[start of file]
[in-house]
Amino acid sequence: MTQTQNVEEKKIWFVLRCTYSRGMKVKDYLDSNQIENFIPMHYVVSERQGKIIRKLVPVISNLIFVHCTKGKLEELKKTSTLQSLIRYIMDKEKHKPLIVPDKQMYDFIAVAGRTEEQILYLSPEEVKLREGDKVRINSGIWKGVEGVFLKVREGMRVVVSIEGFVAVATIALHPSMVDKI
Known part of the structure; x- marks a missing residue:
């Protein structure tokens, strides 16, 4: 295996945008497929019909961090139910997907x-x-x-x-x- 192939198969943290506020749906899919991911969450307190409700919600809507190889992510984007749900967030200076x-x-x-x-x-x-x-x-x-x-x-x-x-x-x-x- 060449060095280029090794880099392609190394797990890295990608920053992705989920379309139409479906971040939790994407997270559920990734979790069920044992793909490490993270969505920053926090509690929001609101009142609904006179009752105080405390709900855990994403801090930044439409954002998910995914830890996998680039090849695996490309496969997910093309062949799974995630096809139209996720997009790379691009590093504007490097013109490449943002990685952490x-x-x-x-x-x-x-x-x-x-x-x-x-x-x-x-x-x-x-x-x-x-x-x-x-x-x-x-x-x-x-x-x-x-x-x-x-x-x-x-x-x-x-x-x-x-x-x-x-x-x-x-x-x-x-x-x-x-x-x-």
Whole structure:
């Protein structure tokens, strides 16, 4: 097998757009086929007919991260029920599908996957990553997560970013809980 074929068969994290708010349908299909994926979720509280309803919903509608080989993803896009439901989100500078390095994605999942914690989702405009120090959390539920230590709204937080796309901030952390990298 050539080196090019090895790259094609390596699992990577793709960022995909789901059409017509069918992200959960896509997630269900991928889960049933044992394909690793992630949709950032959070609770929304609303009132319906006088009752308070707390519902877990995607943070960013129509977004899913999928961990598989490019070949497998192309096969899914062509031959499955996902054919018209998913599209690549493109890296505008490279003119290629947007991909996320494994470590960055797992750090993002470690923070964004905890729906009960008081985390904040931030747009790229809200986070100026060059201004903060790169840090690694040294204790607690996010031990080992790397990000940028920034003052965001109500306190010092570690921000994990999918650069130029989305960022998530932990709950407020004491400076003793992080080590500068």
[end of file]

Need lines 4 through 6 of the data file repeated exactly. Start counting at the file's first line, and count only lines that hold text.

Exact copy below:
């Protein structure tokens, strides 16, 4: 295996945008497929019909961090139910997907x-x-x-x-x- 192939198969943290506020749906899919991911969450307190409700919600809507190889992510984007749900967030200076x-x-x-x-x-x-x-x-x-x-x-x-x-x-x-x- 060449060095280029090794880099392609190394797990890295990608920053992705989920379309139409479906971040939790994407997270559920990734979790069920044992793909490490993270969505920053926090509690929001609101009142609904006179009752105080405390709900855990994403801090930044439409954002998910995914830890996998680039090849695996490309496969997910093309062949799974995630096809139209996720997009790379691009590093504007490097013109490449943002990685952490x-x-x-x-x-x-x-x-x-x-x-x-x-x-x-x-x-x-x-x-x-x-x-x-x-x-x-x-x-x-x-x-x-x-x-x-x-x-x-x-x-x-x-x-x-x-x-x-x-x-x-x-x-x-x-x-x-x-x-x-």
Whole structure:
């Protein structure tokens, strides 16, 4: 097998757009086929007919991260029920599908996957990553997560970013809980 074929068969994290708010349908299909994926979720509280309803919903509608080989993803896009439901989100500078390095994605999942914690989702405009120090959390539920230590709204937080796309901030952390990298 050539080196090019090895790259094609390596699992990577793709960022995909789901059409017509069918992200959960896509997630269900991928889960049933044992394909690793992630949709950032959070609770929304609303009132319906006088009752308070707390519902877990995607943070960013129509977004899913999928961990598989490019070949497998192309096969899914062509031959499955996902054919018209998913599209690549493109890296505008490279003119290629947007991909996320494994470590960055797992750090993002470690923070964004905890729906009960008081985390904040931030747009790229809200986070100026060059201004903060790169840090690694040294204790607690996010031990080992790397990000940028920034003052965001109500306190010092570690921000994990999918650069130029989305960022998530932990709950407020004491400076003793992080080590500068």